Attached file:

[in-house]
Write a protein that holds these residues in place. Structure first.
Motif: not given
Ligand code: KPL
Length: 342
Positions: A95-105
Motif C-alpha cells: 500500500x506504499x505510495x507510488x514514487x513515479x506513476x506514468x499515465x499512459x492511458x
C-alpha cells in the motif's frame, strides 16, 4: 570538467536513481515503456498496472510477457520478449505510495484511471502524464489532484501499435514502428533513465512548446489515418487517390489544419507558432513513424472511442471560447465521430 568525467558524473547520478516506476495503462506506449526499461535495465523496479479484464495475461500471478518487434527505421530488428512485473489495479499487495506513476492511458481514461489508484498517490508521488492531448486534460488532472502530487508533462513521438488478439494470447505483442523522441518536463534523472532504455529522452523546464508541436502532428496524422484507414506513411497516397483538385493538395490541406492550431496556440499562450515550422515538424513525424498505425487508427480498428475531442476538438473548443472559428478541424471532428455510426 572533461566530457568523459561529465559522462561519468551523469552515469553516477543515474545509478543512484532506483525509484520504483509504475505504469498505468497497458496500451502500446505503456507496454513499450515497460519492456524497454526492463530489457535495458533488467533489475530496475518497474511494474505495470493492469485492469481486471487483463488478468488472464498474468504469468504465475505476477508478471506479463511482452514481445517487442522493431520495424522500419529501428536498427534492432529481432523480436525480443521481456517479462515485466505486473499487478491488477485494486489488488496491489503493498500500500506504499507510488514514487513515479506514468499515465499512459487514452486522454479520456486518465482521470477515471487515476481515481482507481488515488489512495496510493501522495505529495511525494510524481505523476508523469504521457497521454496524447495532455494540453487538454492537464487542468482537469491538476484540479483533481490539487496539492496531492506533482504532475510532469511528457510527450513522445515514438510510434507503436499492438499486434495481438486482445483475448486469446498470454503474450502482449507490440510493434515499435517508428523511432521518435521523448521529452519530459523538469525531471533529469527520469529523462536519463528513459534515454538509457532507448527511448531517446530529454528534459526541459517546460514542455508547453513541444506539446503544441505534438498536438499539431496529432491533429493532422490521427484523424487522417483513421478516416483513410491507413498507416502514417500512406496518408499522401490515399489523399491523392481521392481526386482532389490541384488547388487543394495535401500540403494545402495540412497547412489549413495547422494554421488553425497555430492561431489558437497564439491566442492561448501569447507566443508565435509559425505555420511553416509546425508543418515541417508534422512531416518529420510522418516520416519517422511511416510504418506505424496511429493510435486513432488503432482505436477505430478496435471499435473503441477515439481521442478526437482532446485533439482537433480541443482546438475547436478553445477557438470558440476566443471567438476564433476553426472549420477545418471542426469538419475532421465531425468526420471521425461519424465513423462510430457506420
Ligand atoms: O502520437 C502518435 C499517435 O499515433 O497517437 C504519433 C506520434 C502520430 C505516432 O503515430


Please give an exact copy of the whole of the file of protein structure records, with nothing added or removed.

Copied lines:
[in-house]
Write a protein that holds these residues in place. Structure first.
Motif: not given
Ligand code: KPL
Length: 342
Positions: A95-105
Motif C-alpha cells: 500500500x506504499x505510495x507510488x514514487x513515479x506513476x506514468x499515465x499512459x492511458x
C-alpha cells in the motif's frame, strides 16, 4: 570538467536513481515503456498496472510477457520478449505510495484511471502524464489532484501499435514502428533513465512548446489515418487517390489544419507558432513513424472511442471560447465521430 568525467558524473547520478516506476495503462506506449526499461535495465523496479479484464495475461500471478518487434527505421530488428512485473489495479499487495506513476492511458481514461489508484498517490508521488492531448486534460488532472502530487508533462513521438488478439494470447505483442523522441518536463534523472532504455529522452523546464508541436502532428496524422484507414506513411497516397483538385493538395490541406492550431496556440499562450515550422515538424513525424498505425487508427480498428475531442476538438473548443472559428478541424471532428455510426 572533461566530457568523459561529465559522462561519468551523469552515469553516477543515474545509478543512484532506483525509484520504483509504475505504469498505468497497458496500451502500446505503456507496454513499450515497460519492456524497454526492463530489457535495458533488467533489475530496475518497474511494474505495470493492469485492469481486471487483463488478468488472464498474468504469468504465475505476477508478471506479463511482452514481445517487442522493431520495424522500419529501428536498427534492432529481432523480436525480443521481456517479462515485466505486473499487478491488477485494486489488488496491489503493498500500500506504499507510488514514487513515479506514468499515465499512459487514452486522454479520456486518465482521470477515471487515476481515481482507481488515488489512495496510493501522495505529495511525494510524481505523476508523469504521457497521454496524447495532455494540453487538454492537464487542468482537469491538476484540479483533481490539487496539492496531492506533482504532475510532469511528457510527450513522445515514438510510434507503436499492438499486434495481438486482445483475448486469446498470454503474450502482449507490440510493434515499435517508428523511432521518435521523448521529452519530459523538469525531471533529469527520469529523462536519463528513459534515454538509457532507448527511448531517446530529454528534459526541459517546460514542455508547453513541444506539446503544441505534438498536438499539431496529432491533429493532422490521427484523424487522417483513421478516416483513410491507413498507416502514417500512406496518408499522401490515399489523399491523392481521392481526386482532389490541384488547388487543394495535401500540403494545402495540412497547412489549413495547422494554421488553425497555430492561431489558437497564439491566442492561448501569447507566443508565435509559425505555420511553416509546425508543418515541417508534422512531416518529420510522418516520416519517422511511416510504418506505424496511429493510435486513432488503432482505436477505430478496435471499435473503441477515439481521442478526437482532446485533439482537433480541443482546438475547436478553445477557438470558440476566443471567438476564433476553426472549420477545418471542426469538419475532421465531425468526420471521425461519424465513423462510430457506420
Ligand atoms: O502520437 C502518435 C499517435 O499515433 O497517437 C504519433 C506520434 C502520430 C505516432 O503515430